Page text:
Prepare Your Practice for the No Surprises Act
The No Surprises Act, which went into effect on January 1, 2022, is designed to protect patients from unexpected medical bills resulting from out-of-network care. While this legislation is a step towards ensuring transparency in medical billing, it poses some challenges for healthcare providers. To avoid potential financial and reputational harm, it is important for medical practices to prepare for the No Surprises Act.
What is the No Surprises Act?
The No Surprises Act prohibits balance billing, which is the practice of billing patients for the difference between what a provider charges and what the insurer pays for out-of-network care. It also establishes a dispute resolution process to determine payment for out-of-network services based on a benchmark payment rate. The Act applies to emergency services, non-emergency services provided by out-of-network providers at in-network facilities, and air ambulance services.
Is your practice affected by the No Surprises Act?The No Surprises Act applies to all healthcare providers that bill for out-of-network services. This includes hospitals, physician groups, laboratories, imaging centers, and other healthcare facilities.
How can your practice prepare for the No Surprises Act?
Check your contracts with insurers
Review your contracts with insurers to ensure that they comply with the No Surprises Act. Make sure you understand the terms and conditions of your contract and how they affect your billing practices.
Update your billing practices
Update your billing practices to comply with the No Surprises Act. This may involve changing your policies for collecting payment from patients or updating your billing software.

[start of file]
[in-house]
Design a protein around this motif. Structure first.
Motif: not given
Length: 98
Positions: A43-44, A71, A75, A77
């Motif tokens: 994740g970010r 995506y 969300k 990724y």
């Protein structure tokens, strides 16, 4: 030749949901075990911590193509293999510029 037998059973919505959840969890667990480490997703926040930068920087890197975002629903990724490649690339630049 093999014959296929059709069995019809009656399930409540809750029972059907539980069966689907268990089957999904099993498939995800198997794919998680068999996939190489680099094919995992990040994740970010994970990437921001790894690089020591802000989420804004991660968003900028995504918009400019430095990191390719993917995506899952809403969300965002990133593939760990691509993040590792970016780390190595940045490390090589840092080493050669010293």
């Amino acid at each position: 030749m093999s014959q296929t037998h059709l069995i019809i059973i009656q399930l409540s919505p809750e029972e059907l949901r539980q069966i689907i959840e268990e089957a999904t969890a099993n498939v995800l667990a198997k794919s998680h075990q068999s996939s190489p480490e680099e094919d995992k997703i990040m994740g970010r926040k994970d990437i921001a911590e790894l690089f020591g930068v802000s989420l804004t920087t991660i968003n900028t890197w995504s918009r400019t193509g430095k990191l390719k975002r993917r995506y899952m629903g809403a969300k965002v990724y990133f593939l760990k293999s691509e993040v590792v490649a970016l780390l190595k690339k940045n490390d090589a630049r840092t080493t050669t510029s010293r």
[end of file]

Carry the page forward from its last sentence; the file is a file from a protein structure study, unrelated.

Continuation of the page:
Educate your staff
Educate your staff on the No Surprises Act and how it affects your practice. Train your staff on how to communicate with patients about their insurance coverage and any potential out-of-network costs before providing care.
Prepare for the dispute resolution process
Prepare for the dispute resolution process by understanding how it works and what documentation you need to provide. Consider working with a third-party dispute resolution organization to streamline the process.
Communicate with patients
Communicate with your patients about their insurance coverage and any potential out-of-network costs before providing care. Make sure patients understand their rights and obligations under the No Surprises Act.
The No Surprises Act is an important piece of legislation that protects patients from unexpected medical bills resulting from out-of-network care. Medical practices must prepare for the Act to ensure compliance with the law and avoid potential financial and reputational harm. By checking contracts with insurers, updating billing practices, educating staff, preparing for dispute resolution, and communicating with patients, medical practices can be prepared for the No Surprises Act.